The History of Feng Shui

Feng shui (pinyin: fēng shuǐ, literally “wind-water” in English) is a thousand-year-old Chinese art form. It is related to Taoist Arts. It shares a core outline of knowledge with Taoism, as does Chinese medicine or acupuncture.

The Chinese regard Feng Shui as a life philosophy that allows them to live in accordance with natural laws. For centuries, they used Feng Shui to plan cities, build houses, and bury their dead.

Similarly, the architects of all major Chinese monuments, such as Beijing’s Forbidden City and the Great Wall of China, were inspired by Feng Shui principles. Giving their architecture the necessary harmony to integrate with nature.

Formerly known as “Kan Yu,” the term “Feng Shui” first appeared in The Zangshu, or “Book of Burial,” written by Guo Pu (276-324 AD). According to the Classic, Qi rides the wind and scatters, but is retained when it comes into contact with water.

The ancients gathered it to prevent it from dissipating and guided it to ensure its preservation. As a result, it was given the name Fengshui. According to Fengshui principles, the site that attracts water is the best, followed by the site that catches wind.”

The “Kan Yu” way of the sky and Earth evolved during the Han dynasty (206 BC – 220 AD).

It arose from the observation of the strengths between heaven and earth, as well as the study of the environment (mountains and water) with regard to their shape and direction. The contents of the system San He today are the result of these observations.

To apply Feng Shui philosophy, two essential components must be considered: the complementary concepts of Yin and Yang, as well as the five elements (Water, Earth, Fire, Metal, Wood), which are often expressed through materials, forms, and colors.

Apart from that, Feng Shui ideology revolves around the Chi, which is the energy of the sum of the energy movements that govern the Universe.

For several thousand years, astrologers and wise men in ancient China laid the groundwork for Feng Shui. According to legend, the compass was invented during the reign of the Yellow Emperor. It was initially used for navigation.

It was later adapted for use in Feng Shui. For the people of former China, natural elements such as wind and water capture the energy of the sky and the earth. When this energy is in motion, it is either excessive or stagnant, and it has destructive qualities.

The first Chinese tribes were led by kings-shamans who understood wind and water and wielded power over the elements. One of them was the wise man Fu Xi, who is now revered as the guardian of science and divination. Particularly since he discovered He Tu (the cyclic behavior of the river He).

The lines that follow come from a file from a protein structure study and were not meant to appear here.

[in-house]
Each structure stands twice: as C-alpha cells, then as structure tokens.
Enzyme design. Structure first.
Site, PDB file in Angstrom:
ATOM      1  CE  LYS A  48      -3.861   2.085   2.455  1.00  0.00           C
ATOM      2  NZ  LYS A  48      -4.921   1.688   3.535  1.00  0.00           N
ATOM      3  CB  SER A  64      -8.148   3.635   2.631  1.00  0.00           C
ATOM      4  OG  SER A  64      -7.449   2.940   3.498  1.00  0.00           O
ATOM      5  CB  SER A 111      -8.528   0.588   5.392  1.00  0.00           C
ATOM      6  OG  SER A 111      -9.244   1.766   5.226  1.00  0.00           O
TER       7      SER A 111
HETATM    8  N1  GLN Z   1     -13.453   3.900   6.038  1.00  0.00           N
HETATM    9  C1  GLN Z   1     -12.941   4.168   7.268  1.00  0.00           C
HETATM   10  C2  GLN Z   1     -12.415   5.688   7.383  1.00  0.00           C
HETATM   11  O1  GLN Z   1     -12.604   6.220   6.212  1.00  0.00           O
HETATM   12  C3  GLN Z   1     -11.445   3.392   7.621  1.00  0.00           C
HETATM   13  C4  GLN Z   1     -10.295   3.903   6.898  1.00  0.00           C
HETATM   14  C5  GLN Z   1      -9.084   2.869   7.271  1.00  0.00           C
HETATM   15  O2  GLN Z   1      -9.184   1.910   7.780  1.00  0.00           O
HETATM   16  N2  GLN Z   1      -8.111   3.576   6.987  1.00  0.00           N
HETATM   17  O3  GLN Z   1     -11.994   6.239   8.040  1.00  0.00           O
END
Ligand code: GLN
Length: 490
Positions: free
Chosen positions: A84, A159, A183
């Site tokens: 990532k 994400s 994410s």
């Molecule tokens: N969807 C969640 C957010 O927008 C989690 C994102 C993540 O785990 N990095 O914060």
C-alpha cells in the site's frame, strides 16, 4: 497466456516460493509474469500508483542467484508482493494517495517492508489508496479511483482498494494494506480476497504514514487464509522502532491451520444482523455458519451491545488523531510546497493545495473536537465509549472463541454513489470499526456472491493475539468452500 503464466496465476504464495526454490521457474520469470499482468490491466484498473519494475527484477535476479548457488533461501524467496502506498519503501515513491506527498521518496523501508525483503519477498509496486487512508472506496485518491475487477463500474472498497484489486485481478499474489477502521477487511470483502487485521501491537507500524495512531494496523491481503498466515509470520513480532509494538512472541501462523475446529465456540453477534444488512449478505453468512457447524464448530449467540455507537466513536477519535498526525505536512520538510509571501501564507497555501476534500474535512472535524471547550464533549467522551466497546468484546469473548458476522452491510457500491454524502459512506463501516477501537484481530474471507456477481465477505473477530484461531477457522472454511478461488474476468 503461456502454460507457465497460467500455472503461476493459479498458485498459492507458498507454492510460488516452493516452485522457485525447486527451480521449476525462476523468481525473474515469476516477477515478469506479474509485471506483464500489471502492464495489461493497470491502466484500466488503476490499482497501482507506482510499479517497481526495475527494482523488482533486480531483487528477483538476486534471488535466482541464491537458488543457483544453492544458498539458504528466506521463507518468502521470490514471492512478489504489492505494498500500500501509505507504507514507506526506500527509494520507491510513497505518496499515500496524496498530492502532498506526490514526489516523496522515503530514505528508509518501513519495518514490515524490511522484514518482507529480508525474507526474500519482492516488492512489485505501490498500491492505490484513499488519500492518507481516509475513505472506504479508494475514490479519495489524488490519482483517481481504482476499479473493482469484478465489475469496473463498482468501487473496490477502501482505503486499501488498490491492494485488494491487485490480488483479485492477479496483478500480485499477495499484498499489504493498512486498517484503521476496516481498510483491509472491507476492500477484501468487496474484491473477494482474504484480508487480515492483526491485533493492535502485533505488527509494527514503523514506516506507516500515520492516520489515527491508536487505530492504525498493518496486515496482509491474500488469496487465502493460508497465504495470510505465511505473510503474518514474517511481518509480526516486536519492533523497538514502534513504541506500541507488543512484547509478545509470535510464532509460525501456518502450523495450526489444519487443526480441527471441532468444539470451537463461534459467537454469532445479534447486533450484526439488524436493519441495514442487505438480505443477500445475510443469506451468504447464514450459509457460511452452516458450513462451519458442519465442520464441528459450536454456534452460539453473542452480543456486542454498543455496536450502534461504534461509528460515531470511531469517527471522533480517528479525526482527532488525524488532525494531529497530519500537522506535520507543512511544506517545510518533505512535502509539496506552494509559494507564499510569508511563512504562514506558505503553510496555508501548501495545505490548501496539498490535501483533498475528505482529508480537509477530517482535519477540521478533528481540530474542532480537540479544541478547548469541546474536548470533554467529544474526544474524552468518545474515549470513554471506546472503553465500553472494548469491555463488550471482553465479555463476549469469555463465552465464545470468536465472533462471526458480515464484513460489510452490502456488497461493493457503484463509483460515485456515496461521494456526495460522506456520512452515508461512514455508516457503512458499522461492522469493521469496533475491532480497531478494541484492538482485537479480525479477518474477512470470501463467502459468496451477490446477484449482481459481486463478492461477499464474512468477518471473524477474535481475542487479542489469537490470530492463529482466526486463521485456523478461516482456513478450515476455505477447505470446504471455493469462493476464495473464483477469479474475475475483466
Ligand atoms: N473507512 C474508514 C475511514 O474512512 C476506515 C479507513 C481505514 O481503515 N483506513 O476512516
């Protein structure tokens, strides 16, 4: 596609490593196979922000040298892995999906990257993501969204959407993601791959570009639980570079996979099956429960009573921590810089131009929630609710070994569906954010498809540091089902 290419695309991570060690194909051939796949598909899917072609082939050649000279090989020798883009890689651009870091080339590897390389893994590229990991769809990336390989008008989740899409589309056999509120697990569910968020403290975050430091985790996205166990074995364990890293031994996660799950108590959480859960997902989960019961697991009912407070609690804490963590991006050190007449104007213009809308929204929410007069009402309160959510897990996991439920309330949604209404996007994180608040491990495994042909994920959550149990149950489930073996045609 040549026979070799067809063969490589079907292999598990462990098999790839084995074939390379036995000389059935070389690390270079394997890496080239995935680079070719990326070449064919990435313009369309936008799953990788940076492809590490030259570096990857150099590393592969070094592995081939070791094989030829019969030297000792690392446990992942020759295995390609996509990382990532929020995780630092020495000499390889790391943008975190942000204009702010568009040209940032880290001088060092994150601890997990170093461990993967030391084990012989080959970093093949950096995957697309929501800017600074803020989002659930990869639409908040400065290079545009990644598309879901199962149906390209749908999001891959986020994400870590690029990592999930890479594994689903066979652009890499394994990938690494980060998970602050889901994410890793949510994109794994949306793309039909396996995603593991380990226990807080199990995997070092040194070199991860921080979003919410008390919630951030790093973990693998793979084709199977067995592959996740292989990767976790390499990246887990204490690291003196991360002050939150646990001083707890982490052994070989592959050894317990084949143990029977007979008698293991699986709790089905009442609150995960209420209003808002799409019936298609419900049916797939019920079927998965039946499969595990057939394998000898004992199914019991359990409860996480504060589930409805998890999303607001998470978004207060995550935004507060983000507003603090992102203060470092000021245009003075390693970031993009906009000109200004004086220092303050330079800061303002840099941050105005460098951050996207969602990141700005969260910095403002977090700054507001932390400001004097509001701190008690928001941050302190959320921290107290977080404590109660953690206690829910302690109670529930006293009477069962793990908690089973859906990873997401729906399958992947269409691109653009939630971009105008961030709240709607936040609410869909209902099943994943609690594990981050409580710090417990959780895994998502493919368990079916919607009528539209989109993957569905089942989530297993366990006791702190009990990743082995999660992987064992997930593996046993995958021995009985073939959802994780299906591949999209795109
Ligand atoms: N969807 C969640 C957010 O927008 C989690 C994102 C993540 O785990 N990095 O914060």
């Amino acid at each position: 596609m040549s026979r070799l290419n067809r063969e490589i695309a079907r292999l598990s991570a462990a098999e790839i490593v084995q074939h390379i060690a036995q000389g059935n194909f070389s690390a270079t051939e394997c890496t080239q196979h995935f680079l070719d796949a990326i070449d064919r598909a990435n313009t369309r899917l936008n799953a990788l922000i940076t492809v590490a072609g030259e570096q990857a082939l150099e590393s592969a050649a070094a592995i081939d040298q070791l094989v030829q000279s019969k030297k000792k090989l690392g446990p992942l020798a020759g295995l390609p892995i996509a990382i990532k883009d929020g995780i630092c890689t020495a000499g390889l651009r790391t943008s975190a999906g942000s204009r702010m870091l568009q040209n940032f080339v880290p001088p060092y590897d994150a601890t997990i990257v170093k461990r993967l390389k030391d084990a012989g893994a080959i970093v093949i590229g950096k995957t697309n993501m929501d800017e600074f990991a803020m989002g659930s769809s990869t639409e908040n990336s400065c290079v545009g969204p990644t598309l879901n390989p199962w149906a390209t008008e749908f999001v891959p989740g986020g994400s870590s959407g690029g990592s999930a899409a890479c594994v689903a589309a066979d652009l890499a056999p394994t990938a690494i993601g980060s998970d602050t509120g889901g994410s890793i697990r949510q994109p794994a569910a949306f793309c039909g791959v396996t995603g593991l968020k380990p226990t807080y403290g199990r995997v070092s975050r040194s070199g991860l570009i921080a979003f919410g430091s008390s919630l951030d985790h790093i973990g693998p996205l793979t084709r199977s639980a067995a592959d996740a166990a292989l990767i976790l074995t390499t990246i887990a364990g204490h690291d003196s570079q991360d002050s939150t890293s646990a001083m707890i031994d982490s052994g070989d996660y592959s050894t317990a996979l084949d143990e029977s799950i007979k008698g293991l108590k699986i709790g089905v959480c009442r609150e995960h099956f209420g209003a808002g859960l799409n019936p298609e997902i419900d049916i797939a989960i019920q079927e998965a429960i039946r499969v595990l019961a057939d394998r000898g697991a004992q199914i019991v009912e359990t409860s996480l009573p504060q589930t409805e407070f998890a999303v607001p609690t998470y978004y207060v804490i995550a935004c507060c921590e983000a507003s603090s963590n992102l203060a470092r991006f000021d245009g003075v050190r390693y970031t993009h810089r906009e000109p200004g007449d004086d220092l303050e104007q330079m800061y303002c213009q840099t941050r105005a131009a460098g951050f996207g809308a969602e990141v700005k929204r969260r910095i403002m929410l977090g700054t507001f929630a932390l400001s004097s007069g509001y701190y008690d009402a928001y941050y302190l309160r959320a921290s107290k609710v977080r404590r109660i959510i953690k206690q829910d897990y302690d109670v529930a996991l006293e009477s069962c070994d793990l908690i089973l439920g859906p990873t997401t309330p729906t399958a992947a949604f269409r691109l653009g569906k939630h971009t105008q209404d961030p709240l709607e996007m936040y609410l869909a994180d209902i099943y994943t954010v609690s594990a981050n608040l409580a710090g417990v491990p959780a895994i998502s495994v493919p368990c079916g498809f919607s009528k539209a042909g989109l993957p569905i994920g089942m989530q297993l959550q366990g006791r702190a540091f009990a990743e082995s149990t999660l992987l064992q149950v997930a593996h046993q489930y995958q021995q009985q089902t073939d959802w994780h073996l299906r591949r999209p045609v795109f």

King Wen was the first to use Bagua (eight trigrams) to describe the changes in the world at the beginning of the Zhou dynasty (c. 1050–256 BC).

The Chinese used the Bagua theory and changed laws around the 8th century B.C. It was advocated for the palace to prosper and flourish, as well as for the court to be harmonious. Interestingly, feng shui evolved over time, particularly during the Tang and Song Dynasties (June 18, 618 to June 1, 907 AD) (960-1279). There were hundreds of Feng Shui schools during this time period.

The Qing Dynasty was the final stage of feng shui development (1644-1911). It happened later, during the Republican era (1912-1949). The Eight Mansions System, or Ba Zhai, was developed and applied exclusively to house Feng Shui in the early Qing Dynasty. Ba Zhai attempts to tune the protective celestial body of the house’s occupants.

The Xuan Kong school of thought integrated geological information during the Republican period. The astronomy of “flight patterns of dynamic stars” is the foundation of the Xuan Kong School of Feng Shui Systems.

It had a serious impact on the sides and roofs of occupants who lived in enclosed spaces for at least three years during the three yuans or eras of nine yuns or periods. The human residence or shop space that meets this prognosis is the most common interpretation of this criterion.

Feng Shui has based on the principle that everything around us recovers from the universal energy.

There is an immeasurable and limitless subtle substance that composes the entire cosmos and circulates in the world that surrounds us, in our body, and in our spirit. It is known as Chi in China, Ki in Japan, and Prana in India.

Thus, the goal of Feng Shui is to ensure that this air lungful of life circulates optimally inside and outside of us. This good circulation ensures a positive attitude, thoughts, and feelings that are directly related to our health, family, and professional life.

It is thus critical to ensure that the Chi circulates freely and sweetly within our homes. Any protruding angles, deep recesses, or overcrowded spaces create a significant energy barrier. This often leads to conflict and dysfunction in our lives.

This concept of free energy circulation is not unique to Feng Shui. It is derived from Chinese philosophy and serves as the foundation for certain thousand-year-old Chinese therapies such as acupuncture and shiatsu.

Both deviate from this principle. The mind, body (different organs), and immediate environment of a person form a whole, and any disorder, whether mental, physical, or external, can disrupt its energy balance and lead to disease or weakness.